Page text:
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Individuals Near Retirement Age

Excerpted from "Social Security Handbook". See the up-to-date, official Social Security Handbook at ssa.gov.

1503. Individuals Near Retirement Age

1503.1 Why should you contact us before you turn 62?

If you are a worker, you may get in touch with a Social Security office up to four months before you turn 62. We will give you the information you need so you can decide whether or not to file an application for reduced retirement benefits at that time.

1503.2 When should you contact us if you do not file an application for reduced retirement benefits at 62?

If you do not file an application for reduced retirement benefits at age 62, you should contact us again:

  1. Up to 4 months before you plan to retire;

  2. As soon as you know that you will neither earn more than the monthly exempt amount (see §1807.5) in wages nor render substantial services in self-employment in one or more months of the year, regardless of expected total annual earnings (see Chapter 18 for the earnings test); or

  3. Up to 4 months before you reach Full Retirement Age (FRA), even if you are still working.

Last Revised: Feb. 6, 2003

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There are 12 Comments

If you apply at their office, the Social Security Administration may ask you to provide the following documents to show that you are eligible:

  • Birth certificate or other proof of birth;
  • Naturalization papers;
  • U.S. military discharge paper(s);
  • W-2 forms(s) and/or self-employment tax returns for last year.

There are also a number of questions they may ask you regarding your family, marital status, military record, earnings record etc.

You can also apply online or via telephone.

http://www.socialsecurity.gov/retire2/applying8.htm

http://www.socialsecurity.gov/online/ssa-1.html

http://www.socialsecurity.gov/retireonline/

I have turned 65 in March 2012. I receive a Survivors Check at the end of the year since I am still working. When will I be able to still work, and the amount does not matter, and receive a check each month.

I'm not sure I understand the question.

If you work while getting Social Security survivors benefits and are younger than full retirement age, your benefits may be reduced if your earnings exceed certain limits. The full retirement age for folks born 1943-1954 is 66.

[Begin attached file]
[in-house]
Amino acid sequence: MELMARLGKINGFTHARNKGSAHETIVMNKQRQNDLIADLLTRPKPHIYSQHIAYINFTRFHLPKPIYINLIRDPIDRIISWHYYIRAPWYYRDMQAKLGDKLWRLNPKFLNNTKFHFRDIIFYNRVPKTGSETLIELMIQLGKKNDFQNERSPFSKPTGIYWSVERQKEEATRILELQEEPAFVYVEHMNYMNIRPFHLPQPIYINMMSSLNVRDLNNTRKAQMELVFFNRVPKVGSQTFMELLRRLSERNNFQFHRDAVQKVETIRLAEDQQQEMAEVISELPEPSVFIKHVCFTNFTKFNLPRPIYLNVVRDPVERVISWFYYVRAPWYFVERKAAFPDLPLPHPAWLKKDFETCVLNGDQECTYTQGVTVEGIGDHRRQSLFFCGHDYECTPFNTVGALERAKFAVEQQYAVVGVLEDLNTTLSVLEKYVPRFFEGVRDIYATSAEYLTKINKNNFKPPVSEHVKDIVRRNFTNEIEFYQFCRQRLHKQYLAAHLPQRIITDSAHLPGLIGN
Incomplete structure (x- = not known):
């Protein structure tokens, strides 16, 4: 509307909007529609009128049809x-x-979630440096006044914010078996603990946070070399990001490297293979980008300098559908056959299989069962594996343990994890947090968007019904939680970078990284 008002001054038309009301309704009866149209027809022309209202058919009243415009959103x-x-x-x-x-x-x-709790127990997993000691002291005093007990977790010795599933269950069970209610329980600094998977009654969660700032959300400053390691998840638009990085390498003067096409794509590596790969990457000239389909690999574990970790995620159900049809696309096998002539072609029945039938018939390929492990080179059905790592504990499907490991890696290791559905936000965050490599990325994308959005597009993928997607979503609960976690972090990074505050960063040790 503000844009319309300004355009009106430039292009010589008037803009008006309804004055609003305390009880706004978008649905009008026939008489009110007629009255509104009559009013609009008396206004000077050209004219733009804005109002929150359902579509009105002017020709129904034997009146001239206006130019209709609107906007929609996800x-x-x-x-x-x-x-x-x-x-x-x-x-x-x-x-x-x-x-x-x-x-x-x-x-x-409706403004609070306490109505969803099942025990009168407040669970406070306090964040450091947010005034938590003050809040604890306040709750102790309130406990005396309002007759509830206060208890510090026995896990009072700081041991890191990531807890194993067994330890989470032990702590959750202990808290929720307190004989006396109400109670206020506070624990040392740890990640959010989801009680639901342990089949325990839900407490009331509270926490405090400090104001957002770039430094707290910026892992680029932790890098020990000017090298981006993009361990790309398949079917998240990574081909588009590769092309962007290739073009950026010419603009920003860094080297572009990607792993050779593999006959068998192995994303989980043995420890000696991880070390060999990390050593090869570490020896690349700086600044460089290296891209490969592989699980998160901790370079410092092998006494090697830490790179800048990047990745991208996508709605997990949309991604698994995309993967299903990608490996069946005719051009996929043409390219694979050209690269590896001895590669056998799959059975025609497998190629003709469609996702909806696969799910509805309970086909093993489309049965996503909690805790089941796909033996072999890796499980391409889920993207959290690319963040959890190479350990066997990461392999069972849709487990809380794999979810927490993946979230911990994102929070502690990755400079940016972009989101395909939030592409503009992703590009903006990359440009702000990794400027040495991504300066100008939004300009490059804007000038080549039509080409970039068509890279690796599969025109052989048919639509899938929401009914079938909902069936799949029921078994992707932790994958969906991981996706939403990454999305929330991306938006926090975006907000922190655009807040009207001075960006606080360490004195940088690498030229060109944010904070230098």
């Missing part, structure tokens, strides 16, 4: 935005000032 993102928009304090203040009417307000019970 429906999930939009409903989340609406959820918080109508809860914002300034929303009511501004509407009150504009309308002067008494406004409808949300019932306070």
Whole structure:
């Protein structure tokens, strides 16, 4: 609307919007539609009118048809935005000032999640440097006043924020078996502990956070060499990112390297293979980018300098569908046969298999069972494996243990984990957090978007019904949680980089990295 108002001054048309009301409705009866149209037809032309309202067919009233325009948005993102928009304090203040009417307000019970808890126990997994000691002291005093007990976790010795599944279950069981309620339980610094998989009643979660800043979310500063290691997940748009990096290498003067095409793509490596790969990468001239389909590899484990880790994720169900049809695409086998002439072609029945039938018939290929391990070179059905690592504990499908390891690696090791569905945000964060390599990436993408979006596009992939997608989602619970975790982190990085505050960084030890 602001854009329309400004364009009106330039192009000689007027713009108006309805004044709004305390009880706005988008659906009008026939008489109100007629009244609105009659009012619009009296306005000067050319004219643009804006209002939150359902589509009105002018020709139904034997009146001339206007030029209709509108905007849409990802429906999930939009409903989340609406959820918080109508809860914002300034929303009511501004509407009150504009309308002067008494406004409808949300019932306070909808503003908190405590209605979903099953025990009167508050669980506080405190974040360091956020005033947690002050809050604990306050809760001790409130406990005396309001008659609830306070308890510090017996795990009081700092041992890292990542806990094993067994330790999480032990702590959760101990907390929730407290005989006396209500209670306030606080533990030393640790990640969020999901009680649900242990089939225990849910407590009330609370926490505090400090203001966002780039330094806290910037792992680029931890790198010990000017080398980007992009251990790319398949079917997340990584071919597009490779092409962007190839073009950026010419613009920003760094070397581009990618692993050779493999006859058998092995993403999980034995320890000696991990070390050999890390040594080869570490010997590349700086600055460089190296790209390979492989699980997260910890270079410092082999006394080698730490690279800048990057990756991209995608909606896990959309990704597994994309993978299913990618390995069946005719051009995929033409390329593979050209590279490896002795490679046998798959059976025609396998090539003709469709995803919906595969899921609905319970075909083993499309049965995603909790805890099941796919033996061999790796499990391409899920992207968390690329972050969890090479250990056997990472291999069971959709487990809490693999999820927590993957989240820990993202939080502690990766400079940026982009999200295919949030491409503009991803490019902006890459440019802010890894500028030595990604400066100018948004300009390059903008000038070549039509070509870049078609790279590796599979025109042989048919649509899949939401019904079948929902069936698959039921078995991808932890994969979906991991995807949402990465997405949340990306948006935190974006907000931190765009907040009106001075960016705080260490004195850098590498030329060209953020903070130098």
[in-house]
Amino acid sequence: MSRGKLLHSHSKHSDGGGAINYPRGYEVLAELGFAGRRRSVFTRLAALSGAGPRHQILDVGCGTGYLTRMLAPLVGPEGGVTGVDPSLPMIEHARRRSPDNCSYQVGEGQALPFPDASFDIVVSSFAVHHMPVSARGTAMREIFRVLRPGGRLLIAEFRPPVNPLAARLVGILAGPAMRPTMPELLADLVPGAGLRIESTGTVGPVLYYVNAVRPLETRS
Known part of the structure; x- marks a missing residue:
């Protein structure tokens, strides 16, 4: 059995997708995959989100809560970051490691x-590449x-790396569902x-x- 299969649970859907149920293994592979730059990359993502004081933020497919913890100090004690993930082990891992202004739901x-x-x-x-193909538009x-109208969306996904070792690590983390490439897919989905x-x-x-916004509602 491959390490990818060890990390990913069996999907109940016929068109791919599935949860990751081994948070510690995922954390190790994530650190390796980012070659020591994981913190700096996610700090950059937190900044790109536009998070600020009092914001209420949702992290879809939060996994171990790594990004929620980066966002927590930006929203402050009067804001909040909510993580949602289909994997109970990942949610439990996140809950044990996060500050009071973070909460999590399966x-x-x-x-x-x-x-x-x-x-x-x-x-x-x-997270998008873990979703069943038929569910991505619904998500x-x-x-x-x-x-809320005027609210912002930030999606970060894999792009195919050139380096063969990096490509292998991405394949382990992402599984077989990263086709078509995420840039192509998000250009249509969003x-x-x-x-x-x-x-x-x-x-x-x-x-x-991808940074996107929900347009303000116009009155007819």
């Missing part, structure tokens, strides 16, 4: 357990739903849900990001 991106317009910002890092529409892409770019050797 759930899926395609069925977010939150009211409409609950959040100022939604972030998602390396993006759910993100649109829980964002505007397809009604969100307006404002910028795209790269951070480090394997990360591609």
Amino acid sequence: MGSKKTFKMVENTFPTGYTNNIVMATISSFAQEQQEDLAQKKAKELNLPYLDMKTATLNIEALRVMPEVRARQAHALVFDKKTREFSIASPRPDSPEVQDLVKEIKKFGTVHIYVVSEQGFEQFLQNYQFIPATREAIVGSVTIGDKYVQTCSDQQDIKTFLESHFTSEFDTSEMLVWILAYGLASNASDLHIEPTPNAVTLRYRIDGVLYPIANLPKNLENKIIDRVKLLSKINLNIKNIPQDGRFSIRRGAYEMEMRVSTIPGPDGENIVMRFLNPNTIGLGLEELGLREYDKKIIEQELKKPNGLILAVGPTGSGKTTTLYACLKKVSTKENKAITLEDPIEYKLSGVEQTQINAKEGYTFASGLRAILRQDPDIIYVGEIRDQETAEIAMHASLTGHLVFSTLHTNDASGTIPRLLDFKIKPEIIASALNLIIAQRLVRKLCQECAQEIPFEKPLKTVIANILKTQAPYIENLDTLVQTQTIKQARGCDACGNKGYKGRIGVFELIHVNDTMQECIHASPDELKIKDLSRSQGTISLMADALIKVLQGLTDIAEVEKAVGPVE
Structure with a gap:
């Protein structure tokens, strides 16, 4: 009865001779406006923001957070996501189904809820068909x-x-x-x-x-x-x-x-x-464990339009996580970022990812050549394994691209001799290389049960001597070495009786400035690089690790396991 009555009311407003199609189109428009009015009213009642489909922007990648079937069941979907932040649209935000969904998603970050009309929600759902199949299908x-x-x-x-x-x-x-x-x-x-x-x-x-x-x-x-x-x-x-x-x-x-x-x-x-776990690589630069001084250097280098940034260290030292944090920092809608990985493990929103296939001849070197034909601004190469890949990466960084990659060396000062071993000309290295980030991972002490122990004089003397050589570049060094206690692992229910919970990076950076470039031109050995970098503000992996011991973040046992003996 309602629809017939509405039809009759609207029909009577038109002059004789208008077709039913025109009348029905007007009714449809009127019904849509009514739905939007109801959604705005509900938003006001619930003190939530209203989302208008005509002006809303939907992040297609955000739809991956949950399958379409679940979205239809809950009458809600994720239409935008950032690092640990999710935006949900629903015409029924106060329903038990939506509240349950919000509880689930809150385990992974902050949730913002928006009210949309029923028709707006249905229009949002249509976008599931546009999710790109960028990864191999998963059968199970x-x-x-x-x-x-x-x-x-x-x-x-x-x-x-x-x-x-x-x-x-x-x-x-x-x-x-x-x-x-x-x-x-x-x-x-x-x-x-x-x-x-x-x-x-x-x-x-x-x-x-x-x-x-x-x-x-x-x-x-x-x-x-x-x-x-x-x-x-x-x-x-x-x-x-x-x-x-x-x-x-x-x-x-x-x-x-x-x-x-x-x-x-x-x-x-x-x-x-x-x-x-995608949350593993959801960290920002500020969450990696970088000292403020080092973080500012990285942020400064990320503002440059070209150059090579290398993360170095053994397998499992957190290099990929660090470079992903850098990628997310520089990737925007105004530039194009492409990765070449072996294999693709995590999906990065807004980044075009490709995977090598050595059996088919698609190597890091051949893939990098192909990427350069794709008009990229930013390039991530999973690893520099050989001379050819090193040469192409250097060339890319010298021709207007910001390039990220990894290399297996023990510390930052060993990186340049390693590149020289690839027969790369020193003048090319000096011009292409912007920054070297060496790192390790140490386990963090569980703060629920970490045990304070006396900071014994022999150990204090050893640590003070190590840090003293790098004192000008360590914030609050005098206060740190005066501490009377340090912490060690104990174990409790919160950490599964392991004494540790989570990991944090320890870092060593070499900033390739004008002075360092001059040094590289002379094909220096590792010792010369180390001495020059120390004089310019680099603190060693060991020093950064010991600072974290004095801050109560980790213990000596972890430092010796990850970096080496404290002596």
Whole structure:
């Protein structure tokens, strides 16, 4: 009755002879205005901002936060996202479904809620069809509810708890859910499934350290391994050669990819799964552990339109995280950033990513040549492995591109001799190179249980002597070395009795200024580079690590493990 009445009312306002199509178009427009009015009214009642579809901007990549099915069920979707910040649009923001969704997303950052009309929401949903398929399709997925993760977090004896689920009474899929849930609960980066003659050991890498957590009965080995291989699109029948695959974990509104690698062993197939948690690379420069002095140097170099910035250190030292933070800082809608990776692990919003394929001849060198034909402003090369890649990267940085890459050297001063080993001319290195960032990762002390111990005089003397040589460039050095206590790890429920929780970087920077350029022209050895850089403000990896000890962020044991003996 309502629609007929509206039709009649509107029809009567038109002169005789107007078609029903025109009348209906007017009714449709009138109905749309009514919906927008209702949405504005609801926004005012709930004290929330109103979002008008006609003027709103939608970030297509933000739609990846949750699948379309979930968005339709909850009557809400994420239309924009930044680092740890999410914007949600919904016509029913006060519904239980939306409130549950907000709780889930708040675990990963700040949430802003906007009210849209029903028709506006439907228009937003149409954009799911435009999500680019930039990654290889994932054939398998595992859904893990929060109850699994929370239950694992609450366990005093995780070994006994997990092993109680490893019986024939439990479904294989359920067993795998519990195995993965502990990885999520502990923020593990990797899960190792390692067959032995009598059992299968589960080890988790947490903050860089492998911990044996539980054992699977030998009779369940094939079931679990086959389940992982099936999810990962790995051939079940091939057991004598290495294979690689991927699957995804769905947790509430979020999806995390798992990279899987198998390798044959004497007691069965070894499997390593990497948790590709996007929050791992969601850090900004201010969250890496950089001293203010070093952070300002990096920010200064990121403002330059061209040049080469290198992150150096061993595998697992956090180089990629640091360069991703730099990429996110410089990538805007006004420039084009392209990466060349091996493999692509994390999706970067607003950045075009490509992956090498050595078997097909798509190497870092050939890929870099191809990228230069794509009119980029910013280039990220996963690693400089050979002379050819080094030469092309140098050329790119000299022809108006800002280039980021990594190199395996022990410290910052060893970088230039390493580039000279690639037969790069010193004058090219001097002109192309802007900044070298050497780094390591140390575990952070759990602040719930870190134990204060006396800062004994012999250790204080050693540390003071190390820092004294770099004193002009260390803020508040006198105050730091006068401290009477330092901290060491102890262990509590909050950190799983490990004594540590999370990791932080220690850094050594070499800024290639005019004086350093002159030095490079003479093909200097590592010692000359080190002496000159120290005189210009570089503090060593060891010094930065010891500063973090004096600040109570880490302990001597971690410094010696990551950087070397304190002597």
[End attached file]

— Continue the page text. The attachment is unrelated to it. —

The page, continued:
There is no earnings limit beginning with the month you reach full retirement age.

To find out what the earnings limits are this year and how earnings above those limits reduce your Social Security benefits, see the following :

http://www.ssa.gov/pubs/10069.html

http://www.ssa.gov/pubs/10084.html

http://www.socialsecurity.gov/retire2/agereduction.htm

Both my husband and I will reach full retirement age (66) on December 19, 2012 and January 1 2013 respectively. We both plan to continue working full time. Can we begin to receive our full retirement benefits anyway starting December for him and is it December or January for me?

The SSA recommends you apply for benefits about three months before the date you want your benefits to start.

http://www.ssa.gov/pubs/10035.html#a0=1

The SSA has a retirement planner which may help with your planning.

Note that if you begin receiving retirement benefits while continuing to work, you may be subject to the "earnings limit".

http://www.ssa.gov/pubs/10069.html

Also see this post :

http://socialsecurityhop.com/en/handbook/02/0200-insured-status-requirem...

I will be 62 in August and would like to received social security.My husband earned more income. We were married 10 1/2 years. Can I receive the full amount he would receive if he retired now or is it a percentage of that amount?

My full retirement age of 66 will not be until December 2013, but I am considering December 2012 as my date for applying for SS retirement benefits. My statement from Social Security shows the monthly benefit amount for 62 or 66; how can I discover what the monthly benefit would be for 65?

For someone in your "birth class" (born 1943-1954) your retirement benefit is reduced by about 0.6 percent for each month of early retirement. Equivalently, your benefit is reduced by about 8 percent for each year of early retirement.

For example, for if you retire at age 65 instead of 66 (your full retirement age), you will only receive 93.3 percent of your full-retirement benefit.

http://www.ssa.gov/retire2/retirechart.htm

http://www.ssa.gov/retirement/1943.html


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